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Chronology, Society and Environment of the Neolithic Tells in Pelagonia

Goce Naumov (Skopje, Republic of North Macedonia), Jana Anvari (Köln, Germany) and Ferran Antolín (Berlin, Germany)

Pelagonia is the biggest valley in North Macedonia surrounded by several high mountains. The alluvial landscape created by the Crna Reka river and its tributaries, as well as the diversity of the natural landscape which also includes mountain slopes, wetlands and forests, created an ideal resource-rich environment for the first farmers in the region. Recent research has demonstrated the rapid dispersal of Neolithic farmers in Pelagonia around 6000 BC that gradually established tells. The initial research of Neolithic sites in Pelagonia between the 1950s and 1980s characterised the first farmers as a unified unit belonging to the same cultural group, called Velušina-Porodin, sharing identical building practices, pottery, human representations and tools. However, the local uniformity has been questioned by comparing the key nearby tell settlements located in Pelagonia in terms of their building techniques and pottery production, their economic practices and their interaction with the environment.

Therefore, in 2013 a new research program on the Neolithic tells in Pelagonia was initiated with the aim of researching several sites and their environments with a multidisciplinary and international team. The first phase of this research consisted of a review of published information on each site’s chronology and material culture, as well as reconnaissance, geomagnetic prospection and small-scale excavations at several Neolithic tells. This was followed by a second phase with more extensive excavations and multidisciplinary research at two sites known from previous research: Vrbjanska Čuka and, more recently, Veluška Tumba. This new research program aimed to expand previously excavated areas, reanalyse their stratigraphy and revise the architecture and material culture. At Vrbjanska Čuka tell, an area of 400 m2 next to the trench opened in the 1980s has been excavated since 2016, uncovering more than 1 meter of Neolithic deposits and up to 7 construction phases. At Veluška Tumba tell the research was initiated in 2017. The old trench was reopened, the profile section was reanalysed and a full sample sequence was obtained for environmental analyses. Additionally, a smaller area within the trench was dug deeper, uncovering new building phases close to the base of the tell, thus confirming almost 4 meters of Neolithic stratigraphy and 12 construction phases. Furthermore, for the first time, archaeological scientific methods in the study of botanical and animal remains, use-wear analyses on sickle blades and lipid residue analyses on pottery vessels, are being systematically applied to both sites. The results obtained so far demonstrate that excellent preservation prevails at both sites.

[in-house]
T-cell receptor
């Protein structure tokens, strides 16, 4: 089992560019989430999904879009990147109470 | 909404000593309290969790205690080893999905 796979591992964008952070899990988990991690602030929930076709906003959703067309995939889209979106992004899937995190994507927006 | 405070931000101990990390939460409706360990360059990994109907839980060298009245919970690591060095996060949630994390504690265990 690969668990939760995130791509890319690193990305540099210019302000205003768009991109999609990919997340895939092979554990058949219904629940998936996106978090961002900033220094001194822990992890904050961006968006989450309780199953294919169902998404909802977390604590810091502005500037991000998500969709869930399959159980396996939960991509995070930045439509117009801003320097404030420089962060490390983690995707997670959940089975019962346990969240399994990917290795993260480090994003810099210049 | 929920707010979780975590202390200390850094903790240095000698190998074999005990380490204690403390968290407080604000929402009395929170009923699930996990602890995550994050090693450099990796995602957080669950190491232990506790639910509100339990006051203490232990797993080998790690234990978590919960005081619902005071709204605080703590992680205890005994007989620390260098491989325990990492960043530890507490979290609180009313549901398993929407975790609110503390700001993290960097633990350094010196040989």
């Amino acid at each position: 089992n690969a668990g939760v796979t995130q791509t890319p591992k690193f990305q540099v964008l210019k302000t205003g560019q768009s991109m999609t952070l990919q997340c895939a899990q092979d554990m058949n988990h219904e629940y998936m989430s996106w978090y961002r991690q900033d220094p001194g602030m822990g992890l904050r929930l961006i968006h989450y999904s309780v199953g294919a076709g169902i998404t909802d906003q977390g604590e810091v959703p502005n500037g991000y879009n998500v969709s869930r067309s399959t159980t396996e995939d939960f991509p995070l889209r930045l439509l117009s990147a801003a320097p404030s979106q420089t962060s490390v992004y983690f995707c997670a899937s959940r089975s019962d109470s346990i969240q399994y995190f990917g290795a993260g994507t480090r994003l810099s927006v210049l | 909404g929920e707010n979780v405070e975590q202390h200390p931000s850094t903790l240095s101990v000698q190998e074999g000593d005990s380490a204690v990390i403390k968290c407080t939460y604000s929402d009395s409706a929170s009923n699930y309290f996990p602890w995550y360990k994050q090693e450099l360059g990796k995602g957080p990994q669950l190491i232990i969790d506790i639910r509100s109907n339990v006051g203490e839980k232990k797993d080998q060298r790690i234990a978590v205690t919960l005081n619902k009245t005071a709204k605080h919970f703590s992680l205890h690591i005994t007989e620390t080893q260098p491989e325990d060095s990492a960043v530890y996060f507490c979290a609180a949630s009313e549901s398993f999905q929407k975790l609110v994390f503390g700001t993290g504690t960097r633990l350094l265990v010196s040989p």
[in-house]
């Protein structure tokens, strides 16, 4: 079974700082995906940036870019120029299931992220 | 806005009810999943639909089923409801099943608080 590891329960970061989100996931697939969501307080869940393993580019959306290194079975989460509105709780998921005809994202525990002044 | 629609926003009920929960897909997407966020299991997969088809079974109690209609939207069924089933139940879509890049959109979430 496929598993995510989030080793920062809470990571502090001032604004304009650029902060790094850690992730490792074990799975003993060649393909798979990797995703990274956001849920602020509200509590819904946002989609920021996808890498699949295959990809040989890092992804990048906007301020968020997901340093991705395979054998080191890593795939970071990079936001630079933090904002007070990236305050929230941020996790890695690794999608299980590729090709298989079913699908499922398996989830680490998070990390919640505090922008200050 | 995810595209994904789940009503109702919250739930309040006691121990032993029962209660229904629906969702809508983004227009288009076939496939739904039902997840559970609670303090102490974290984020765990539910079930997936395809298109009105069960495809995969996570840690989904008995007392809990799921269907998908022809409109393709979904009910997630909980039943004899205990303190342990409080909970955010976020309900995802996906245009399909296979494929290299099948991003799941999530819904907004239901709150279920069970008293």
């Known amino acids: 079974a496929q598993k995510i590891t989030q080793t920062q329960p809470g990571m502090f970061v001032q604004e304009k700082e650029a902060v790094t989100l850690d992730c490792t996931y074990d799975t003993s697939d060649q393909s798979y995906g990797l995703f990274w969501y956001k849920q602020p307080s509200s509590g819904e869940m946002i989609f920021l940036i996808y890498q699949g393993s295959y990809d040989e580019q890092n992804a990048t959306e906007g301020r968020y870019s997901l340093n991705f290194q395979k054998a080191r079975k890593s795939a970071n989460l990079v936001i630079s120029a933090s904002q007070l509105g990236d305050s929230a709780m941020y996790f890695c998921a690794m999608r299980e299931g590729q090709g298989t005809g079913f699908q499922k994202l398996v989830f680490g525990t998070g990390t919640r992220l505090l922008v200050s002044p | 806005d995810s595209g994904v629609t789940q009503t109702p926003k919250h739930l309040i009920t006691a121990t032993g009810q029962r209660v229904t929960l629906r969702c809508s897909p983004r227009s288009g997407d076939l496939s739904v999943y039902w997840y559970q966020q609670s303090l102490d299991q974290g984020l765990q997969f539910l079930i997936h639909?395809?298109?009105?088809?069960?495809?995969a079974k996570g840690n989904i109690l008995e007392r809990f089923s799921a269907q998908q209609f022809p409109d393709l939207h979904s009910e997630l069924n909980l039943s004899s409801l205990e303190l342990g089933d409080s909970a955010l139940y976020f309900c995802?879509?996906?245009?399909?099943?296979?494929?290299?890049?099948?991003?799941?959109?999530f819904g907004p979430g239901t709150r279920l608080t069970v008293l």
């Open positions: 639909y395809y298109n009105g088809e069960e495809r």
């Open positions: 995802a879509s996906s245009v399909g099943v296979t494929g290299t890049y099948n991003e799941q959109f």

In order to study the local diversity in the Neolithic Pelagonia, as well as the potential interaction between sites with different characteristics, the project funded by FSPT conducts prospection, geomagnetic scanning, geoarchaeological research, excavations and finds analyses at two Neolithic tells in Pelagonia. It aims to achieve a more complete comparative data set from the two neighbouring and contemporary sites of Vrbjanska Čuka and Veluška Tumba so that the socioeconomic differences that existed between the two tells will be thoroughly understood. In particular, this project focuses on the detailed research of botanic, faunal remains, artefacts and building materials as well as on the radiocarbon dating and environmental coring in order to gain a holistic understanding of the chronology, socioeconomic organisation and environment of each tell. Previous research has produced uneven data sets at each of the two sites and the current project seeks to add missing data in order to facilitate a systematic comparison. By researching differences between Vrbjanska Čuka and Veluška Tumba, this project investigates cultural diversity in a micro region of Neolithic Southeast Europe. Diversity is a recognised, but as yet incompletely understood, characteristic of the Neolithic tells in Southeast Europe and this project contributes to the research of this phenomenon. The project also seeks to further anchor the use of scientific techniques in the Neolithic research in North Macedonia and particularly employed on the prehistoric tells.